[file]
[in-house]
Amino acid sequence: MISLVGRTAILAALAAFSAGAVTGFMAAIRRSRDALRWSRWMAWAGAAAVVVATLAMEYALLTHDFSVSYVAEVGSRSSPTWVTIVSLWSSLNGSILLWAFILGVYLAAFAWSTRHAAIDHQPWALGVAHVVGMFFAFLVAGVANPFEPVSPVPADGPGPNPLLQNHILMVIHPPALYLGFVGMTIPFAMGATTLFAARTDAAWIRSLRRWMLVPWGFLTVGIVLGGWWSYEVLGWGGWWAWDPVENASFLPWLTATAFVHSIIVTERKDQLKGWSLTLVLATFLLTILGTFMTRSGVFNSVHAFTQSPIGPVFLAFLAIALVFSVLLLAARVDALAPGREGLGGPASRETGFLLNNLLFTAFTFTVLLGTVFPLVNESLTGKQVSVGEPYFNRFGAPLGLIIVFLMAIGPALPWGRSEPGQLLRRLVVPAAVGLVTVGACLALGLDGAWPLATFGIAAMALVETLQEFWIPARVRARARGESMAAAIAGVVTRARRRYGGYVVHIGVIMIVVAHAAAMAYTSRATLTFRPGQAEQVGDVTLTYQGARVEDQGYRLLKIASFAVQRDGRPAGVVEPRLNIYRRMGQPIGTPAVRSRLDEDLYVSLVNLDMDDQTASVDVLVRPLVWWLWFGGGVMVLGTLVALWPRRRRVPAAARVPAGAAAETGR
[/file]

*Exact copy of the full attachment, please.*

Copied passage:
[in-house]
Amino acid sequence: MISLVGRTAILAALAAFSAGAVTGFMAAIRRSRDALRWSRWMAWAGAAAVVVATLAMEYALLTHDFSVSYVAEVGSRSSPTWVTIVSLWSSLNGSILLWAFILGVYLAAFAWSTRHAAIDHQPWALGVAHVVGMFFAFLVAGVANPFEPVSPVPADGPGPNPLLQNHILMVIHPPALYLGFVGMTIPFAMGATTLFAARTDAAWIRSLRRWMLVPWGFLTVGIVLGGWWSYEVLGWGGWWAWDPVENASFLPWLTATAFVHSIIVTERKDQLKGWSLTLVLATFLLTILGTFMTRSGVFNSVHAFTQSPIGPVFLAFLAIALVFSVLLLAARVDALAPGREGLGGPASRETGFLLNNLLFTAFTFTVLLGTVFPLVNESLTGKQVSVGEPYFNRFGAPLGLIIVFLMAIGPALPWGRSEPGQLLRRLVVPAAVGLVTVGACLALGLDGAWPLATFGIAAMALVETLQEFWIPARVRARARGESMAAAIAGVVTRARRRYGGYVVHIGVIMIVVAHAAAMAYTSRATLTFRPGQAEQVGDVTLTYQGARVEDQGYRLLKIASFAVQRDGRPAGVVEPRLNIYRRMGQPIGTPAVRSRLDEDLYVSLVNLDMDDQTASVDVLVRPLVWWLWFGGGVMVLGTLVALWPRRRRVPAAARVPAGAAAETGR